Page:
There are hundreds of myths on the web saying that only 90% or so of your spawned eggs will survive. This is a load of trash, spawned eggs can have up to 90% SUCESS rate, so be prepared to have a lot of baby oscars on your hands.
The fry will hatch within about 3 days of being laid. Dont be suprised to wake up and find all the eggs gone, this is common due to a number of reasons including unfertilized eggs and spooked parents.
Your eggs may develop a cotton wool type fungus, this will only occur on unfertilized eggs but may spread to your fertilized ones aswell. Sadly there is nothing you can do about this (you may add methylne blue but it will destroy the beneficial bacteria in your tank). That is why you may see your oscar eating the infected eggs so do not be alarmed.
Eggs that are fertilized will be a light brown or tan color as a pose to the white color of unfertilized eggs.
Before the eggs hatch, decide if you want to grow the babies with the adults and risk them being eaten, or move them to another tank for rearing. Choosing the latter will mean you end up with a lot more baby fish which may be good or bad depending on your needs.
If you move the eggs to another tank before they hatch be sure to use the same water from the large tank, and expect the parents to attack you when you take their eggs. Place the eggs in the new tank and leave them there to hatch.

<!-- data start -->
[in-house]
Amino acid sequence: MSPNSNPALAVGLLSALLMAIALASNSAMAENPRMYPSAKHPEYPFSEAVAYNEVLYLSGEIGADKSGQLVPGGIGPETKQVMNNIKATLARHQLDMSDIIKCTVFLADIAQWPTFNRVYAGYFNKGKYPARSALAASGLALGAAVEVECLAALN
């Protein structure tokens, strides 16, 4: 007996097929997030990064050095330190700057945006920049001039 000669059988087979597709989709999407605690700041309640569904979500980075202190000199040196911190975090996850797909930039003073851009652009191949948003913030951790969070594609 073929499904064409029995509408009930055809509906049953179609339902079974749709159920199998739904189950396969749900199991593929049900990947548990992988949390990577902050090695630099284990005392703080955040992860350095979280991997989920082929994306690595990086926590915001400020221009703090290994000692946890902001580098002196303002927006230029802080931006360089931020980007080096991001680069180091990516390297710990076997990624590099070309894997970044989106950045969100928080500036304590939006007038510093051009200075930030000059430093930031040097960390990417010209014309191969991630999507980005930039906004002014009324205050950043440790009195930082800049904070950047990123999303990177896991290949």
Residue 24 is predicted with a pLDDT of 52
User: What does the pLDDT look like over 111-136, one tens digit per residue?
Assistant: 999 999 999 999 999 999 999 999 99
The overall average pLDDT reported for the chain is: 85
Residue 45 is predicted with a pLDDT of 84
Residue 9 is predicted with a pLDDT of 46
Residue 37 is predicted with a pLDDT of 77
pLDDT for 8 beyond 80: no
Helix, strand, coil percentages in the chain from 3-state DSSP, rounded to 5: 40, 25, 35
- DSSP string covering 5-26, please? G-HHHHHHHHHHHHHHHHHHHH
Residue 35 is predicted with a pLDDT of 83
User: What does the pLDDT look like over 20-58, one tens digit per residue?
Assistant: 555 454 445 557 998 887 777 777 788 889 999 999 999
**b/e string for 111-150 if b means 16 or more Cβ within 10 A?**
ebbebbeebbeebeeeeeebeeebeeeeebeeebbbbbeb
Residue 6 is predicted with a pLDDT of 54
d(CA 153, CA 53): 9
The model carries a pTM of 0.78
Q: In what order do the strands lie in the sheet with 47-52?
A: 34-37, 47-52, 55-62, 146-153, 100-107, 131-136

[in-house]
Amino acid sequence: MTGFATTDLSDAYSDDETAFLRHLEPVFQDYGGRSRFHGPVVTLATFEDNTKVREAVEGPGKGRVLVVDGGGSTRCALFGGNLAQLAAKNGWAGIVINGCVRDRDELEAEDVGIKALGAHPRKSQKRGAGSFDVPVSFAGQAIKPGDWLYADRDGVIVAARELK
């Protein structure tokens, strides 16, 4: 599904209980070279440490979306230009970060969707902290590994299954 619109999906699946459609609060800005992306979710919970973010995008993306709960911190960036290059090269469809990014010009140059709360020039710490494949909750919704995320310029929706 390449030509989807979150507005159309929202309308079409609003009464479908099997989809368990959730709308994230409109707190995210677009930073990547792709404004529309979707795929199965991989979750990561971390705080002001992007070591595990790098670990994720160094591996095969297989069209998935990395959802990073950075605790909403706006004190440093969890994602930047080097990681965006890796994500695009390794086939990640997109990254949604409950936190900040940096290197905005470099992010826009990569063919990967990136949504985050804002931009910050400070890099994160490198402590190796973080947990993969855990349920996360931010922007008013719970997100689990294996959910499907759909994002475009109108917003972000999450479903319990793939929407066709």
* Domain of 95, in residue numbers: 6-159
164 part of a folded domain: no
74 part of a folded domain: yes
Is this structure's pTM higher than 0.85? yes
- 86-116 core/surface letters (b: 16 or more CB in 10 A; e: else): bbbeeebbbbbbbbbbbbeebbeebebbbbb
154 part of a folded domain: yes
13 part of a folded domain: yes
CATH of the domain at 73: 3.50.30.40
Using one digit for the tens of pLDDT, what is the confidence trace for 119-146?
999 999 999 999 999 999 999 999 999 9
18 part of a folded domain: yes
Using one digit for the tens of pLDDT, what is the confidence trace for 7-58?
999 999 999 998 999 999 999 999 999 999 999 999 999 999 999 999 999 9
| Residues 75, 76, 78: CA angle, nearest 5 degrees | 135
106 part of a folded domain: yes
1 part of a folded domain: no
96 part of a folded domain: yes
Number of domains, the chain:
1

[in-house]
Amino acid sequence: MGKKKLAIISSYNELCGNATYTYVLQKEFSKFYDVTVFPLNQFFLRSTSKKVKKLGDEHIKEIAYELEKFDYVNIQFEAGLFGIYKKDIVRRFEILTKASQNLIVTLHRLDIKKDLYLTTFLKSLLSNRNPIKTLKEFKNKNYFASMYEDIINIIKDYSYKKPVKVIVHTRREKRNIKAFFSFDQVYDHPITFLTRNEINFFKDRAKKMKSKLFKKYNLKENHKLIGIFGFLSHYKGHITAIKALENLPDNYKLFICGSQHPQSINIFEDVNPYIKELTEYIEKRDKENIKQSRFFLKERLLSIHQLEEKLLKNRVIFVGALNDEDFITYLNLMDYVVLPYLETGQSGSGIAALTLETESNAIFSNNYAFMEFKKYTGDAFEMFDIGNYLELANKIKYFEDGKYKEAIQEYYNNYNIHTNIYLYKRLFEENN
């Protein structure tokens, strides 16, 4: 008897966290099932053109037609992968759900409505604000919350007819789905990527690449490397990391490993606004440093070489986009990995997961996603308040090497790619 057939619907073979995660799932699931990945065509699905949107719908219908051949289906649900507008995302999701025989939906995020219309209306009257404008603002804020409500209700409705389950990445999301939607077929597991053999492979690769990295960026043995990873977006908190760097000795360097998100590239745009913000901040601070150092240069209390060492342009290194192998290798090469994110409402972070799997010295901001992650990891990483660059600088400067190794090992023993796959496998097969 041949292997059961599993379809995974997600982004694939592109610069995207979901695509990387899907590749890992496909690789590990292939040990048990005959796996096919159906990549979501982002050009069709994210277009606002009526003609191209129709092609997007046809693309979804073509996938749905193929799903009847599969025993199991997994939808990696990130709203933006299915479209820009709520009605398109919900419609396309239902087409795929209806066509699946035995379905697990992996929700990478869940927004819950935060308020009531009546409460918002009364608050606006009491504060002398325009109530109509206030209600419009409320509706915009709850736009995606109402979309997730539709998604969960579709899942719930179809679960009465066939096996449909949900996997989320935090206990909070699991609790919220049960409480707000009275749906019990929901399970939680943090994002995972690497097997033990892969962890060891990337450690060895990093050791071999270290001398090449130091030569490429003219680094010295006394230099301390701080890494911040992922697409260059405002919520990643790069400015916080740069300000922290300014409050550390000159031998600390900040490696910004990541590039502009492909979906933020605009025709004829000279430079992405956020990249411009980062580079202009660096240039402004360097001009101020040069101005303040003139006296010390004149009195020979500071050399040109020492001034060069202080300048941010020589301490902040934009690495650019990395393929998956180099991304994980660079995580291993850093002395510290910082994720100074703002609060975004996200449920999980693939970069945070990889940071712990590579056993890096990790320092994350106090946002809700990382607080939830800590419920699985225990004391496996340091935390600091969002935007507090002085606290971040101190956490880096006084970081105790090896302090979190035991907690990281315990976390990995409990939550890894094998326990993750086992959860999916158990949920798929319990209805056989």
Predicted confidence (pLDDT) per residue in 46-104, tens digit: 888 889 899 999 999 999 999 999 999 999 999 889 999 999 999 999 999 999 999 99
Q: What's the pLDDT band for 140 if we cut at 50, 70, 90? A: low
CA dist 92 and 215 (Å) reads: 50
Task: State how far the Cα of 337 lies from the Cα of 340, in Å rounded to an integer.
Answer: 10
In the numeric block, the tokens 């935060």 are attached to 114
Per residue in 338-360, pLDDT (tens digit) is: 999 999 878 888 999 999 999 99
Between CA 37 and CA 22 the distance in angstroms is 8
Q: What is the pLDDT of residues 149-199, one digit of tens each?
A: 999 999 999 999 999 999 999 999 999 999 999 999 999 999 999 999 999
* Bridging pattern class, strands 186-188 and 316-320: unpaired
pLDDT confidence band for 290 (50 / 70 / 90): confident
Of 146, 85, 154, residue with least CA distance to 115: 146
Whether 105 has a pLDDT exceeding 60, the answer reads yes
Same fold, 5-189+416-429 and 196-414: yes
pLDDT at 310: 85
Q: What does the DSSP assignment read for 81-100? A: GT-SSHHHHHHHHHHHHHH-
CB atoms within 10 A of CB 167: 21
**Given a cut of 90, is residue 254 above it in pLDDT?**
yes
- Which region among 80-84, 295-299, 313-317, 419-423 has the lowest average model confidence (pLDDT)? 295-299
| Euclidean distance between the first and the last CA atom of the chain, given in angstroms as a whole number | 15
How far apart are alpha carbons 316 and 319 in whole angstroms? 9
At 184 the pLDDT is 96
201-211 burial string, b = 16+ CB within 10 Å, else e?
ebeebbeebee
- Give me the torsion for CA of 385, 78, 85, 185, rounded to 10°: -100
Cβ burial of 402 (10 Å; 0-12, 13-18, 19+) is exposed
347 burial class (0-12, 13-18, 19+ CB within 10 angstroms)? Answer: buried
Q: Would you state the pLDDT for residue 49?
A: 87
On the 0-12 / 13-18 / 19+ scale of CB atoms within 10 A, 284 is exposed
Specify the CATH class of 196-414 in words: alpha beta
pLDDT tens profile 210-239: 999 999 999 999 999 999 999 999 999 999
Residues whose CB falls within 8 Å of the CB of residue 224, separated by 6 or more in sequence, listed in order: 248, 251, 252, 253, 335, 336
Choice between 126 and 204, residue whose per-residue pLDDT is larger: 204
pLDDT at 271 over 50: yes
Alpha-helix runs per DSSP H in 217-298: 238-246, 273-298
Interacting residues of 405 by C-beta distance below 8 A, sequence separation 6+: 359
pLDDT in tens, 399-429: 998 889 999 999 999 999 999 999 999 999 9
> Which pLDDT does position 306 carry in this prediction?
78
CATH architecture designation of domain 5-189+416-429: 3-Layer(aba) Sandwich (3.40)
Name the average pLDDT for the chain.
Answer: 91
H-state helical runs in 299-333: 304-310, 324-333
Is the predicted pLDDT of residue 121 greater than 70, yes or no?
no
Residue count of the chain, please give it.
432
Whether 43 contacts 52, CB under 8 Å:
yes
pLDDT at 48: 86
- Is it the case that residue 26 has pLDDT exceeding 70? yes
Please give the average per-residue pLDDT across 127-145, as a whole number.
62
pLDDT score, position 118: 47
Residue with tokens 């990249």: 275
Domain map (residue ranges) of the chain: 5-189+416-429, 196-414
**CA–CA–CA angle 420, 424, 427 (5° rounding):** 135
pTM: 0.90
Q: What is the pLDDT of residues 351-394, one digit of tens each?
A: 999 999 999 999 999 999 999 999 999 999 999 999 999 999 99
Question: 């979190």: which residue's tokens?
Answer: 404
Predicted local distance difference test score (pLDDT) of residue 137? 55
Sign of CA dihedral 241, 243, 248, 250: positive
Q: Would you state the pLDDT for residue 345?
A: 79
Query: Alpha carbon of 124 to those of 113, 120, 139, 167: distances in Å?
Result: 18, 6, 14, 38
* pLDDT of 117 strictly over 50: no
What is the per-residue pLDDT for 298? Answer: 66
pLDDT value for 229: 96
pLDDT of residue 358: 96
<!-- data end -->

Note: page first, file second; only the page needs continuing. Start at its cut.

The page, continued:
The eggs will take about 3 days to hatch and when doing so the fry will be wagging there little tails on the rock. For the first four days they have an egg sack that they will consume and do not require feeding. After the fourth day you are able to start feeding them. You can start with insofuria but they are able to take baby brine shrimp at this time aswell. Be sure to feed them 3 times a day and remove any excess food because they need good water quality to survive.
If you leave them in the big tank, the parents will help the babies up until about 1 -1.5 inches at which stage they will think that they are food. You will need to remove the parents at this point (or the babies).
When they reach 2" you are able to sell them to your friends or stores. Good luck!
Eggs dont hatch
There may be a chance that none of your eggs hatch and this can be due to sterile fish. Over the past few years with the increased interest in oscar breeding, this problem is common and sadly there is nothing you can do about it.
These are a great fish and a lot of fun, just make sure you have at least a 2’ (55g) aquarium to support these guys.